A key regulation lenders have been watching is the upcoming QM/Ability-to-Repay rule. The goal of the QM/Ability-to-Repay rule amendment is to implement certain underwriting standards to ensure loans are being produced that consumers have the ability to repay. However, the QM rule will not limit lenders from only issuing QM loans, but lenders who choose to lend outside of the QM/Ability-to-Repay mandates face fewer legal protections and may have to retain a portion of the loan to protect against default.
Loans that fall outside the boundaries of a qualified mortgage will be subject to fewer protections from lawsuits due to default. The risk management and possibility of default with originating a loan outside of QM standards will continue to cause concern among lenders, creditors and investors until the underwriting standards and stipulations “outside of the QM box” are defined. However, for the most part, the standards outlined by QM/Ability-to-Repay are sound lending requirements and should provide a level of certainty for lenders to make loans knowing they are compliant.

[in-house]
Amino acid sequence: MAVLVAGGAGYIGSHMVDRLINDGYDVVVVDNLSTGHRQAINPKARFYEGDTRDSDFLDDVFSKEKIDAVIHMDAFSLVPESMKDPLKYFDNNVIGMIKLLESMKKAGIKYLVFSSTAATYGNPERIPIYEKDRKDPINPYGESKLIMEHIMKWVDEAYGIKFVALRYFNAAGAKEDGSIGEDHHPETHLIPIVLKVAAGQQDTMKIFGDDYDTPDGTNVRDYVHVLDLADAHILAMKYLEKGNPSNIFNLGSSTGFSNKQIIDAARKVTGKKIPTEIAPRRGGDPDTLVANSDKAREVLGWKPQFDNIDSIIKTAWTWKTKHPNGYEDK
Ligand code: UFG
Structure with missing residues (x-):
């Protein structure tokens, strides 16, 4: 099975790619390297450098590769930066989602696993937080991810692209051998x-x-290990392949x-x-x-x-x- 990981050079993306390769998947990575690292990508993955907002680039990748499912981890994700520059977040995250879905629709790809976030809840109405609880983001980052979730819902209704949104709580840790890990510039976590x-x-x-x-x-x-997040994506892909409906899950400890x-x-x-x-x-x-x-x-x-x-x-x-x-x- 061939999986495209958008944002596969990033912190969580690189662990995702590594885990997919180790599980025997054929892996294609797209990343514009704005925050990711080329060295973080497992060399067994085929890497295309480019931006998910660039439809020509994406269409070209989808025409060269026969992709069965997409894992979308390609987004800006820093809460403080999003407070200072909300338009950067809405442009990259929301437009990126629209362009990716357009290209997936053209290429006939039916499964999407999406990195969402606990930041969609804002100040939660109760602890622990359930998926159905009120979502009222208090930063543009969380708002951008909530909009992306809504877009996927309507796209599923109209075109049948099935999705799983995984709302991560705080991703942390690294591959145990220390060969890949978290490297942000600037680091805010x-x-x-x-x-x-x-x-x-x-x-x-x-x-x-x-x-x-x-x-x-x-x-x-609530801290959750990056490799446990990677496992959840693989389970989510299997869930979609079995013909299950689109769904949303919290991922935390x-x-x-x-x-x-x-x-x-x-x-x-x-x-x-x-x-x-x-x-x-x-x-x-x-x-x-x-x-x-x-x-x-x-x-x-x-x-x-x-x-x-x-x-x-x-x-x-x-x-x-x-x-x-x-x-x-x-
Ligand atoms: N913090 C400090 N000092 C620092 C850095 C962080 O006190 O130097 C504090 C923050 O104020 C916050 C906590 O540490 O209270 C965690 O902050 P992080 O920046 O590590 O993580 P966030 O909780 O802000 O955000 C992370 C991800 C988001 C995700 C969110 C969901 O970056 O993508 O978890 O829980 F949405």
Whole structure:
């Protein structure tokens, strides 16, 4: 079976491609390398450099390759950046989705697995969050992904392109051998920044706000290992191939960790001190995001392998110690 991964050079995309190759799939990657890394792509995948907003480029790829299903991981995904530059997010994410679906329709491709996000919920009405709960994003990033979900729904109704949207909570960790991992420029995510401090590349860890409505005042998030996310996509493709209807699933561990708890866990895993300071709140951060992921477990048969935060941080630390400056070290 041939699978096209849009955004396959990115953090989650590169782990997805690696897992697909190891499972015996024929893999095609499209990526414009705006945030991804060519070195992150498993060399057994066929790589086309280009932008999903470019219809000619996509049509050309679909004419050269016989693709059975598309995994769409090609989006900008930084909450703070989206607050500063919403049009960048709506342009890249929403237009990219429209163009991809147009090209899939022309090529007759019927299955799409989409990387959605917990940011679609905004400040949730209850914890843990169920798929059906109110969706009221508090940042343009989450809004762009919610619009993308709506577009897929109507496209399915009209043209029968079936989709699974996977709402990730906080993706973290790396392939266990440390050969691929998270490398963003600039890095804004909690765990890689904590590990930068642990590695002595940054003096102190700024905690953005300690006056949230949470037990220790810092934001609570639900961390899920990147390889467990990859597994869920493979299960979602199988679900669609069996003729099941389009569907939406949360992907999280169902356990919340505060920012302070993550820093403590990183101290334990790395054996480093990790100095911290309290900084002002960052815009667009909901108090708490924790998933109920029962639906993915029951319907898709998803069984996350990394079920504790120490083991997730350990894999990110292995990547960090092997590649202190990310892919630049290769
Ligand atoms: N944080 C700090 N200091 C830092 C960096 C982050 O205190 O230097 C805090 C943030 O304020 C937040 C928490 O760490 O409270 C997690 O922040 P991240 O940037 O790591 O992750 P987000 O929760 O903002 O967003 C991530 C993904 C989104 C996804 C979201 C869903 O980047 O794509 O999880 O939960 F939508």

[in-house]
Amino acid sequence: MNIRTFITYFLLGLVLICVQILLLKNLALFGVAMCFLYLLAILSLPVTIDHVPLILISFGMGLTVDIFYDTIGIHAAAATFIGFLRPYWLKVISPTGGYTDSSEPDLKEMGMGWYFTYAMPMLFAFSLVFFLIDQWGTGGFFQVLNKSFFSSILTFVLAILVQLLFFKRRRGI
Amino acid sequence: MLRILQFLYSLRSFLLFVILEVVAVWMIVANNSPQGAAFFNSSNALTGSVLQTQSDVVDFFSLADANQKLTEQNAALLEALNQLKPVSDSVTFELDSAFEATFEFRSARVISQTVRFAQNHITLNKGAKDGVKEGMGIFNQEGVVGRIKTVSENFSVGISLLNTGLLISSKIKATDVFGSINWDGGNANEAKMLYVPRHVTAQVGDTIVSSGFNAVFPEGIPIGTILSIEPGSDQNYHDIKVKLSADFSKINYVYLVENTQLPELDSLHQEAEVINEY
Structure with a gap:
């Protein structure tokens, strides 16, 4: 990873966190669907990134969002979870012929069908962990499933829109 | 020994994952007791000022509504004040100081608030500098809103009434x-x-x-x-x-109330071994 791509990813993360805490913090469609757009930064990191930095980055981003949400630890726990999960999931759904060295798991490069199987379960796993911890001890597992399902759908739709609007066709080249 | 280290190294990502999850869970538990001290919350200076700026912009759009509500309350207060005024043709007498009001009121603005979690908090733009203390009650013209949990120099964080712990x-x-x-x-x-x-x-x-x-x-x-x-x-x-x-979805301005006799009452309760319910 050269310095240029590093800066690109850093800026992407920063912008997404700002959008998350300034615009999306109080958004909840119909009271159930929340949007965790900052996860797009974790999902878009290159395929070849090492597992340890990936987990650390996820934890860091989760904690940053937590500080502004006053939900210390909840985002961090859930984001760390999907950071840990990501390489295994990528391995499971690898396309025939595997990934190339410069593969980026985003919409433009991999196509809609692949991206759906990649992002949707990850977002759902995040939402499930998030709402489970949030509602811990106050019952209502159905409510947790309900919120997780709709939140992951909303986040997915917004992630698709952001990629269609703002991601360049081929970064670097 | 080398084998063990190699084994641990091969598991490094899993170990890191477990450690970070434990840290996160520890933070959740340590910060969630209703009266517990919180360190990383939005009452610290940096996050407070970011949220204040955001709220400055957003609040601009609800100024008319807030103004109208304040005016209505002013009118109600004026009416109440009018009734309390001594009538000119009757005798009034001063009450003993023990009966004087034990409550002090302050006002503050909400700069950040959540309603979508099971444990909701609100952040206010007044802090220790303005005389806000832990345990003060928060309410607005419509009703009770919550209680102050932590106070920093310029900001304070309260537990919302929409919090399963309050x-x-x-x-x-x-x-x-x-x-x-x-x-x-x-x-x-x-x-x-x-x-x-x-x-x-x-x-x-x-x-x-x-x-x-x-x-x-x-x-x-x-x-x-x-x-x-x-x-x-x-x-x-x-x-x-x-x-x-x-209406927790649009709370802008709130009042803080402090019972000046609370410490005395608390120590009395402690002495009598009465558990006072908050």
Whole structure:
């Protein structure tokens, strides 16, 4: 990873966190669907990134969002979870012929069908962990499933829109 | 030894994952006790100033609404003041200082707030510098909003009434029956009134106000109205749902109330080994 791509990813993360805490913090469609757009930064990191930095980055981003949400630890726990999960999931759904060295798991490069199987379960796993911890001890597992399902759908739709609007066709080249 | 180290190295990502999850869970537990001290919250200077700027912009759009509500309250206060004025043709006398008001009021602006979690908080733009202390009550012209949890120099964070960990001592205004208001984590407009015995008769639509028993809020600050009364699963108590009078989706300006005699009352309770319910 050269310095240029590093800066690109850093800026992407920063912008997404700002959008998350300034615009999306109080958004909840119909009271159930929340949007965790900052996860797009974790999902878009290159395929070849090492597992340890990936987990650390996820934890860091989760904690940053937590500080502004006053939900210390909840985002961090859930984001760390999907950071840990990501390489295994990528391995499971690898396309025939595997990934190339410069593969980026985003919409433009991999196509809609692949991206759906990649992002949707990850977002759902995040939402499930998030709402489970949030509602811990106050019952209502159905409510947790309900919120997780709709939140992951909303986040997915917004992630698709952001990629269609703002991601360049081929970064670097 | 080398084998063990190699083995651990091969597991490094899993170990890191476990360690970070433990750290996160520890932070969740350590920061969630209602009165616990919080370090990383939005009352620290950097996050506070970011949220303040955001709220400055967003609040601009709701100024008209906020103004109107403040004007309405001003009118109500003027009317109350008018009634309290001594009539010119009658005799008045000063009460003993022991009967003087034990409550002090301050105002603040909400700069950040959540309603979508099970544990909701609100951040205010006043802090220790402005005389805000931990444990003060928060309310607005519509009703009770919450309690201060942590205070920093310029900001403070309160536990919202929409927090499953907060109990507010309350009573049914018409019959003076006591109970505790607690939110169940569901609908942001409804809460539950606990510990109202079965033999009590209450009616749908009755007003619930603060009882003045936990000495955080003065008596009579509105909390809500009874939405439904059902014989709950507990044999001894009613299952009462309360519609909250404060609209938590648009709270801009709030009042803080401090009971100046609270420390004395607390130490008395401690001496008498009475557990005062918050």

The underwriting standards leading up to the financial meltdown were far too lax; complicating risk mitigation strategies and eventually leading to the mortgage market’s demise. However, we now currently find ourselves with too strict of underwriting standards; barring would-be potential borrowers from obtaining a loan due to overly restrictive underwriting standards and lenders not wanting to repeat the past.
Read Scott K. Stucky’s Full “The Need for Primary Market Modified Underwriting Standards” article in National Mortgage News.